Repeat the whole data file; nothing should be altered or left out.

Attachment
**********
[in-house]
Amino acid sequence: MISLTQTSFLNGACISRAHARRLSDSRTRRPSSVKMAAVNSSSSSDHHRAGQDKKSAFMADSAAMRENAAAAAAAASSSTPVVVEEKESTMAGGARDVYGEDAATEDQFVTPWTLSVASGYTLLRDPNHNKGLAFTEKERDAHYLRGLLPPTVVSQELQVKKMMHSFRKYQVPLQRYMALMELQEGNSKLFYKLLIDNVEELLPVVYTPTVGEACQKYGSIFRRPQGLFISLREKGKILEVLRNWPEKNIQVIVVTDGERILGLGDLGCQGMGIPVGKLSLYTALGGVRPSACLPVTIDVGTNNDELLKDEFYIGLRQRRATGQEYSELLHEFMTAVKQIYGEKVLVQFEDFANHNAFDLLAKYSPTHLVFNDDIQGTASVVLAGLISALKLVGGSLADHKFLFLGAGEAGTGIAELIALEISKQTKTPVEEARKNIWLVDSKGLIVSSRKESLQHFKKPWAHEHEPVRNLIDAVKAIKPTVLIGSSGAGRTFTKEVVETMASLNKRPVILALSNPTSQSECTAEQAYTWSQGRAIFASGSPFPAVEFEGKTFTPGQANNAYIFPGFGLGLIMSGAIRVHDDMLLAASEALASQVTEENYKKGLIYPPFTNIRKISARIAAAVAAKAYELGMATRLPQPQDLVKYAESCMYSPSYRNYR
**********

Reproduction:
[in-house]
Amino acid sequence: MISLTQTSFLNGACISRAHARRLSDSRTRRPSSVKMAAVNSSSSSDHHRAGQDKKSAFMADSAAMRENAAAAAAAASSSTPVVVEEKESTMAGGARDVYGEDAATEDQFVTPWTLSVASGYTLLRDPNHNKGLAFTEKERDAHYLRGLLPPTVVSQELQVKKMMHSFRKYQVPLQRYMALMELQEGNSKLFYKLLIDNVEELLPVVYTPTVGEACQKYGSIFRRPQGLFISLREKGKILEVLRNWPEKNIQVIVVTDGERILGLGDLGCQGMGIPVGKLSLYTALGGVRPSACLPVTIDVGTNNDELLKDEFYIGLRQRRATGQEYSELLHEFMTAVKQIYGEKVLVQFEDFANHNAFDLLAKYSPTHLVFNDDIQGTASVVLAGLISALKLVGGSLADHKFLFLGAGEAGTGIAELIALEISKQTKTPVEEARKNIWLVDSKGLIVSSRKESLQHFKKPWAHEHEPVRNLIDAVKAIKPTVLIGSSGAGRTFTKEVVETMASLNKRPVILALSNPTSQSECTAEQAYTWSQGRAIFASGSPFPAVEFEGKTFTPGQANNAYIFPGFGLGLIMSGAIRVHDDMLLAASEALASQVTEENYKKGLIYPPFTNIRKISARIAAAVAAKAYELGMATRLPQPQDLVKYAESCMYSPSYRNYR